• For what "seems right to a man" (Prov 16:25) is revenge. If the offense is not avenged, will not the perpetrator be sanctioned in his behavior to do more of the same? What about justice and fairness? Does forgiveness even "work" at a mere human level? What would happen to our society if everyone REALLY did this? Is "loving our enemies" something that appeals to our sensibilities? Does it even make any sense to the natural man?

  • Which Is Easier?

  • Perhaps the greatest impediment to forgiveness is the idea that we could actually do it on our own, that it is a human quality. Consider that we are as capable, and likely, to supernaturally heal someone in our own strength... as to be able to forgive them. For which is easier?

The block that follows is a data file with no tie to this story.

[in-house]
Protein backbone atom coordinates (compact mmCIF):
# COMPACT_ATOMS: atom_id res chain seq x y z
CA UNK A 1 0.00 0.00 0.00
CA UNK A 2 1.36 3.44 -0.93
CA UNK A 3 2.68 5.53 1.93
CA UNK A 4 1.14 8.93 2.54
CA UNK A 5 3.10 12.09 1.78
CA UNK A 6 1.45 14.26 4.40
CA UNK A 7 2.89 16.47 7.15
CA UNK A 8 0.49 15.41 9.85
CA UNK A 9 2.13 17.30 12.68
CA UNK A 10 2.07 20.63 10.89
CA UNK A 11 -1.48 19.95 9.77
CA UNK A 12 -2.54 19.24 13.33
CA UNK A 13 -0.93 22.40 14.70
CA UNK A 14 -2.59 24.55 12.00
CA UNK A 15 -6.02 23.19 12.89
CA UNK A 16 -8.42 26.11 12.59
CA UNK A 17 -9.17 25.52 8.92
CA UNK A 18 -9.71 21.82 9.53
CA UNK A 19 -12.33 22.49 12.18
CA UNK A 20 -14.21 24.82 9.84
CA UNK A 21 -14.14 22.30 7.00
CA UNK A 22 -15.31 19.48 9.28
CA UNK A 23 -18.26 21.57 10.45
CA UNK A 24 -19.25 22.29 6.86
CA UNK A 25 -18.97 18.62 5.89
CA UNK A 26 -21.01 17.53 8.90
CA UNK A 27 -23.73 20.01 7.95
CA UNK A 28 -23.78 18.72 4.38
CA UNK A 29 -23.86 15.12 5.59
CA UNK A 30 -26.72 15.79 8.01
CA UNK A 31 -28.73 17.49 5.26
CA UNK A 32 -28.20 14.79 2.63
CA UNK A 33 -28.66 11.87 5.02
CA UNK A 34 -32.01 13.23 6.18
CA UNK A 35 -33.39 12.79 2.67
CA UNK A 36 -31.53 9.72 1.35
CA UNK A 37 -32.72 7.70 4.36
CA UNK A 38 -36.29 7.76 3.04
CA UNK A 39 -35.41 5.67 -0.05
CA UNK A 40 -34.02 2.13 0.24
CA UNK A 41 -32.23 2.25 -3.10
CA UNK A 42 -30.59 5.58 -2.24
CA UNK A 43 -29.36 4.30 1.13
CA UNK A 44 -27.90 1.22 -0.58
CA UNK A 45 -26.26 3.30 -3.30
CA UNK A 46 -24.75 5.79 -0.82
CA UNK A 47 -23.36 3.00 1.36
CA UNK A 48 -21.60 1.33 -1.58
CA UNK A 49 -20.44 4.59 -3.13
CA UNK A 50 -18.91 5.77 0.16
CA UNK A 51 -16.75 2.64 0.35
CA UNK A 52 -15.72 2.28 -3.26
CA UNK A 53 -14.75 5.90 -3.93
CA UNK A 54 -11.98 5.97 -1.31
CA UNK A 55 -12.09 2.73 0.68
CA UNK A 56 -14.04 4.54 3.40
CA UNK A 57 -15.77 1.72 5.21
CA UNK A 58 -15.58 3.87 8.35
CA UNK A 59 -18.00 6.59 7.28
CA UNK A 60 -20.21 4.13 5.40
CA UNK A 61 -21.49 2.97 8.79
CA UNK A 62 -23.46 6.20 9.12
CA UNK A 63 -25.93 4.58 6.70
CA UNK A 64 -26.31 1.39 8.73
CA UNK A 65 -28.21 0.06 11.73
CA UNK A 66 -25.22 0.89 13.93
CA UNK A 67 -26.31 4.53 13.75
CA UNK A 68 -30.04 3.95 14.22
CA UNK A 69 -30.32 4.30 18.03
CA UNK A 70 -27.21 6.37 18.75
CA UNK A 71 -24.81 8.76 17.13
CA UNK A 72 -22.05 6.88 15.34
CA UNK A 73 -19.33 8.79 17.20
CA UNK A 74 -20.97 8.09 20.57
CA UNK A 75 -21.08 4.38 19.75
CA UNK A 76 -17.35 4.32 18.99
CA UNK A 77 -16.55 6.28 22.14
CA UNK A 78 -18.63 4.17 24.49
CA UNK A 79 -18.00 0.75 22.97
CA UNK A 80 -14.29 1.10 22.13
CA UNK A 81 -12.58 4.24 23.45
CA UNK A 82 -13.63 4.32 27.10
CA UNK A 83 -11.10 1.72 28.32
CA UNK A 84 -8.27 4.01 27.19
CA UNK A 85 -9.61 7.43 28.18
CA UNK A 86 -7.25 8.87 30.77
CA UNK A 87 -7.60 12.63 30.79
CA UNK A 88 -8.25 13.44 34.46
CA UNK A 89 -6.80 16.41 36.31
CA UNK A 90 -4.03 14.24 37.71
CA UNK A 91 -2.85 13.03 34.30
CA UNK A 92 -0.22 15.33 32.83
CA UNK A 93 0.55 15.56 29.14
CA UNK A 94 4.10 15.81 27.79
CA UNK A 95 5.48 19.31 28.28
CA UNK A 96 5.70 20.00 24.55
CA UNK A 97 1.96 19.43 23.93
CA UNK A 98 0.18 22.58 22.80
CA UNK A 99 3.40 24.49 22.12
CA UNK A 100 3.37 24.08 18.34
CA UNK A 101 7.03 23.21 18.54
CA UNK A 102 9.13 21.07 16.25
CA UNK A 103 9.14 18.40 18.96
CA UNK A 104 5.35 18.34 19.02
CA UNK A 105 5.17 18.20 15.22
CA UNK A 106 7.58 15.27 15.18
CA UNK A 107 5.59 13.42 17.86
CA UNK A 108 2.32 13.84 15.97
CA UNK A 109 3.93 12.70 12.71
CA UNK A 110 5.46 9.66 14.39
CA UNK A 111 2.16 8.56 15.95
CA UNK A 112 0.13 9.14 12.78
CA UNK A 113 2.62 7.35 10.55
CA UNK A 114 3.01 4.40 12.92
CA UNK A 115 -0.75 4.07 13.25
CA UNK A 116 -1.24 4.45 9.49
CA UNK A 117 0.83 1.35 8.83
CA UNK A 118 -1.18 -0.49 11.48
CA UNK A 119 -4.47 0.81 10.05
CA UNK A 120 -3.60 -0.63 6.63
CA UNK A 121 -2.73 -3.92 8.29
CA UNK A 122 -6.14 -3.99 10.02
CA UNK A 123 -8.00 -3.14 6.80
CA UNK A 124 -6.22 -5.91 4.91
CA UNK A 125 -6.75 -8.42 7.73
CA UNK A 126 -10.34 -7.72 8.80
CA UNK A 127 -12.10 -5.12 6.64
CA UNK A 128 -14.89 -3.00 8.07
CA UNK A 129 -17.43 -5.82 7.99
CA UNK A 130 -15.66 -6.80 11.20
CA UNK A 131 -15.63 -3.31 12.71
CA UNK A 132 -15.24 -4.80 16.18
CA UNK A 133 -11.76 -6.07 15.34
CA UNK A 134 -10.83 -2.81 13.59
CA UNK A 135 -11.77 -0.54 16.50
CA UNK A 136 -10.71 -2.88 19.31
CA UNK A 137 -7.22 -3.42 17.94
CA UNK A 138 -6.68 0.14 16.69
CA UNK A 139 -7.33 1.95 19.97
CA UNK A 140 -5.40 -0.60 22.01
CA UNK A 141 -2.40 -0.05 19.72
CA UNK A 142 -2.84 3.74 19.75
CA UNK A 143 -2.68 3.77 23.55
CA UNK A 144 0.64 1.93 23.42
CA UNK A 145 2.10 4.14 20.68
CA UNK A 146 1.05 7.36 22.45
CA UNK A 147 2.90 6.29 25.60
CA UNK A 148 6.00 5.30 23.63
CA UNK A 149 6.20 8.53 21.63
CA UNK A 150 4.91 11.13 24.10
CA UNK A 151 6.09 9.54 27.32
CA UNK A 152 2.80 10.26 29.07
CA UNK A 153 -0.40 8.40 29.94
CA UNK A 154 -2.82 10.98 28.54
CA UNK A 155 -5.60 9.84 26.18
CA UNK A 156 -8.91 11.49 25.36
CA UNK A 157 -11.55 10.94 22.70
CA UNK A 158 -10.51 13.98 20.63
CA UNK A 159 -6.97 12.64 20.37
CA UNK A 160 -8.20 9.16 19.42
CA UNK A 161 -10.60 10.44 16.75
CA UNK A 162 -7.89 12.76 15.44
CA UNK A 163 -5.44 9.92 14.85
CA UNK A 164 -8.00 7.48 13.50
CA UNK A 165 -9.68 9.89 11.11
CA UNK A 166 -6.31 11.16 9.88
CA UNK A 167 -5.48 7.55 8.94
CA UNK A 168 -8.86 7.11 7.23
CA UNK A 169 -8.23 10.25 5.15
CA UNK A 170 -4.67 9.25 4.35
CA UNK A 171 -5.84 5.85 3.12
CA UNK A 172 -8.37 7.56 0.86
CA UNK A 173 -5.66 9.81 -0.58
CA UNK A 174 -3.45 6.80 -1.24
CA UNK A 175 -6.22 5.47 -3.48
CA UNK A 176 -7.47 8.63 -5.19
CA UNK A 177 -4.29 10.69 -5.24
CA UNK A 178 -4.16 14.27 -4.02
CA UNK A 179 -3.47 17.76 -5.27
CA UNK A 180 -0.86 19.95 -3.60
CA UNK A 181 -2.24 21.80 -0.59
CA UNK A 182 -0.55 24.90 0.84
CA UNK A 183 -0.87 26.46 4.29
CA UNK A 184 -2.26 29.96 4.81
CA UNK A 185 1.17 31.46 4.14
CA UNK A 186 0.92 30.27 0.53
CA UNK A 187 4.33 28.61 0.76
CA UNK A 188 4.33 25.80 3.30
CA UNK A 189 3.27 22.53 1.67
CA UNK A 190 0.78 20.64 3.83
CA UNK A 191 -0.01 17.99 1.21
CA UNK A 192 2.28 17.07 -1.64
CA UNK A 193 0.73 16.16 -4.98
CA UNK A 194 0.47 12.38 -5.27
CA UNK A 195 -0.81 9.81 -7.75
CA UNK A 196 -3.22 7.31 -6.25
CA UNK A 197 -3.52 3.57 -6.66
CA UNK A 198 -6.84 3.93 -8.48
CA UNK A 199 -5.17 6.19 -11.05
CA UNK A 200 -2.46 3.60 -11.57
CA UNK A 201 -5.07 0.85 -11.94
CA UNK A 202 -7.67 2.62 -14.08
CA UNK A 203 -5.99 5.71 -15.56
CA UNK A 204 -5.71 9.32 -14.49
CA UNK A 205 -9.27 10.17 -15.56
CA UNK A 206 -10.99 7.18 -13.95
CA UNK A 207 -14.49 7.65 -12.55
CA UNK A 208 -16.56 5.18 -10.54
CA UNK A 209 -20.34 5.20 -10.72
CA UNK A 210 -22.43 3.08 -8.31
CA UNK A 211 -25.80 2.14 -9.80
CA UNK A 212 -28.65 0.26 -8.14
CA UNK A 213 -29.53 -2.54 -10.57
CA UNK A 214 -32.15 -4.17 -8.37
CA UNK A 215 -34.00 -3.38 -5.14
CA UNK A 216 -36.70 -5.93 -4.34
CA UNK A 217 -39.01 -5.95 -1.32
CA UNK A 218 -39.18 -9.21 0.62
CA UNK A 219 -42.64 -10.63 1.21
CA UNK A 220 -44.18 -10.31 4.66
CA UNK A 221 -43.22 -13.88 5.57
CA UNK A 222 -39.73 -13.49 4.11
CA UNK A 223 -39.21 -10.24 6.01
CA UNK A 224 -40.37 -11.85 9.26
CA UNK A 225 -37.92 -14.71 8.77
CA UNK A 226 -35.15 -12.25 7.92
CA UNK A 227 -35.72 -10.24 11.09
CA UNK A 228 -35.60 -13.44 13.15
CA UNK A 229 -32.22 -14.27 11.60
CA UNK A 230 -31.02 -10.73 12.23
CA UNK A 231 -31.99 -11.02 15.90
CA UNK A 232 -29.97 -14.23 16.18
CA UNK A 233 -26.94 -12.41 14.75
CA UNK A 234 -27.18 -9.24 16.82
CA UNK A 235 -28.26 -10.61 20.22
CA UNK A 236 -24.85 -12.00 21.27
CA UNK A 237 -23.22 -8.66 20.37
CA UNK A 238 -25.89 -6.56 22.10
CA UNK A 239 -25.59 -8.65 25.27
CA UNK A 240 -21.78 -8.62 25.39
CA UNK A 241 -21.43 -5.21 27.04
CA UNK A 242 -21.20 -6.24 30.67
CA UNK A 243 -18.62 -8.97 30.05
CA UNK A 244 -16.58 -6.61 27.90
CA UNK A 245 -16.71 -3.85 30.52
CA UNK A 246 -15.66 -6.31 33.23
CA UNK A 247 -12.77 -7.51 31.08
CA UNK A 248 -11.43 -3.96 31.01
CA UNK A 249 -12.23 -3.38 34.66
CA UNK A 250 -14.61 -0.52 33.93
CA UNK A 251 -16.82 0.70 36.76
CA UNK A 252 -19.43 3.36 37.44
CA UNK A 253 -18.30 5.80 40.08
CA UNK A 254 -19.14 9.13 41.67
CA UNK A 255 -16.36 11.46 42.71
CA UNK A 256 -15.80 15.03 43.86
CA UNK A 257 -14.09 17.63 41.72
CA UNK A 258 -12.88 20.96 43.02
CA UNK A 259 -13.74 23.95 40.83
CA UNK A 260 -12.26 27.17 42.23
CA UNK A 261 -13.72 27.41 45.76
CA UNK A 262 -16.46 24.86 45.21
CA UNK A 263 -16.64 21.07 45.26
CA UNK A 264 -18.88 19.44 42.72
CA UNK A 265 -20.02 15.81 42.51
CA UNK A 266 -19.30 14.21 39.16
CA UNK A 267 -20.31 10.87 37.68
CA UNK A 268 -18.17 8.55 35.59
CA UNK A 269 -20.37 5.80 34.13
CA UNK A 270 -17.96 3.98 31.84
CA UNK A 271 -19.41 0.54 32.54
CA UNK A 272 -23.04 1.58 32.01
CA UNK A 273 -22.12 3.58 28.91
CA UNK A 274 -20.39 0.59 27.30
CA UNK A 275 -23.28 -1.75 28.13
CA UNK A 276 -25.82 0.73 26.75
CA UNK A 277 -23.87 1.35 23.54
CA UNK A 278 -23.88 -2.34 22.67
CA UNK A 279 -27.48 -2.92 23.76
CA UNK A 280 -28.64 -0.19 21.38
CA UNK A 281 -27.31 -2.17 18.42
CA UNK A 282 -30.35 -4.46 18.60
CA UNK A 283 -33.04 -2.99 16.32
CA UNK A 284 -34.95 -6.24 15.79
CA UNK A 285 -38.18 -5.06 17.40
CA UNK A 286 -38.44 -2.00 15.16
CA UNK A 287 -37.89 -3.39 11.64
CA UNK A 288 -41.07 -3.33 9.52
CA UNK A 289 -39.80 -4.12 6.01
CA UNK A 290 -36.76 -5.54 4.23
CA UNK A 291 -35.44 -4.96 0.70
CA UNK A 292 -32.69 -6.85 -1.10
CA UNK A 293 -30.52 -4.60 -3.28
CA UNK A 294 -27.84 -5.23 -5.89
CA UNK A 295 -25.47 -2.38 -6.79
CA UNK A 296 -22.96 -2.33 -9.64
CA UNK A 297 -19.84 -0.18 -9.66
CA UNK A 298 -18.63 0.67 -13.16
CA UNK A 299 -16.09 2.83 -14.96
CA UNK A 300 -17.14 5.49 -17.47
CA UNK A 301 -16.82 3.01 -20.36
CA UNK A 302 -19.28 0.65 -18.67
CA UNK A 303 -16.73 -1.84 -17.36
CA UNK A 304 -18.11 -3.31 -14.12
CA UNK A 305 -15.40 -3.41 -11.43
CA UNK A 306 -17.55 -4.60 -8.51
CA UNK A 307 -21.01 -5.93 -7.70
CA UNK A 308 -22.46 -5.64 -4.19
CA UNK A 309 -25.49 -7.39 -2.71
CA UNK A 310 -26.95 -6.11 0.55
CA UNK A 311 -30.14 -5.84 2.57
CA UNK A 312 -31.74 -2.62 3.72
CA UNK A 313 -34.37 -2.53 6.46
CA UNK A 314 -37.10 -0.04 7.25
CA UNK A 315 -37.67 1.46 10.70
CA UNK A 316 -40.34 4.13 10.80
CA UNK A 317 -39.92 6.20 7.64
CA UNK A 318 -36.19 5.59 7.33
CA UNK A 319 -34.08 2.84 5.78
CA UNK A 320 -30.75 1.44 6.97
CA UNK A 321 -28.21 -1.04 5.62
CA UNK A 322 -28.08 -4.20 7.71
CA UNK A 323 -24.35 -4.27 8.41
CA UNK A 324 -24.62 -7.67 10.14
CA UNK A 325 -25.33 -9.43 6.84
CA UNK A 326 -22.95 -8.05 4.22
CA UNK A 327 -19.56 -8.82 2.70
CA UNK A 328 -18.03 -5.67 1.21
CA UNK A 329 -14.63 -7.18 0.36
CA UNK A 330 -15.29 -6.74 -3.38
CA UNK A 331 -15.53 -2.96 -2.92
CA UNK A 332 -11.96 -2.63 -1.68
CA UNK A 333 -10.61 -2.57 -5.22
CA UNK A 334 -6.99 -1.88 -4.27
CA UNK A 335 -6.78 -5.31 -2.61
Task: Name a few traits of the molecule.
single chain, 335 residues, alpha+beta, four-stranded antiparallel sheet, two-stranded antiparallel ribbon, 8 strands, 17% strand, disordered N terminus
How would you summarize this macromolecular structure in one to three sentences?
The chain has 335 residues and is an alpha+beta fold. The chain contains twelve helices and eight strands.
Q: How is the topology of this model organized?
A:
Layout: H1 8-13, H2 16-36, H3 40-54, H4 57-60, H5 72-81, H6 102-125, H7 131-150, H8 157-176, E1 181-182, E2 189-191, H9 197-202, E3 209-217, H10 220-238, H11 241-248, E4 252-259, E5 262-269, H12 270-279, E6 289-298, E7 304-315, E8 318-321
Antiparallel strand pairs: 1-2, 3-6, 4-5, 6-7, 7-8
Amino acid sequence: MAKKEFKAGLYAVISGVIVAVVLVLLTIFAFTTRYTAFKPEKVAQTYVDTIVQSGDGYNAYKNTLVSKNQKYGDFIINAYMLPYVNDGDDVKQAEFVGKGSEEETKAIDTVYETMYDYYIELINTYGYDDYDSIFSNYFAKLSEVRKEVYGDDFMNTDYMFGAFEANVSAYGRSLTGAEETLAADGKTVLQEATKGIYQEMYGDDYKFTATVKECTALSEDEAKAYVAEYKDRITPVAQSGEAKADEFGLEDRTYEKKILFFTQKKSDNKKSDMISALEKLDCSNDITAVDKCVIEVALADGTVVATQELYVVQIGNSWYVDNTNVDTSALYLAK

• Mat 9:5-6 (NIV) Which is easier: to say, 'Your sins are forgiven,' or to say, 'Get up and walk'? But so that you may know that the Son of Man has authority on earth to forgive sins..." Then he said to the paralytic, "Get up, take your mat and go home."

    What Only God Can Do

  • When God says we should do something that is reasonably within our power, then we can mistake our own carnal self-efforts for Spirit-led obedience. But when we hear Him say something impossible or impractical like "be perfect" (Mat 5:48) we despair and realize that it will only be by grace that we are saved, through faith in Him who alone has the qualities God requires. For this is "God stuff" we are talking about here. If "perfection" is not given to us from Christ, we will never get it on our own.

  • John 15:5 (NKJ) "...For without Me you can do nothing."

  • On the scale of things Jesus told us we must do, perhaps just below His demand of "perfection" as being impossible to attain in our own resources... is forgiveness.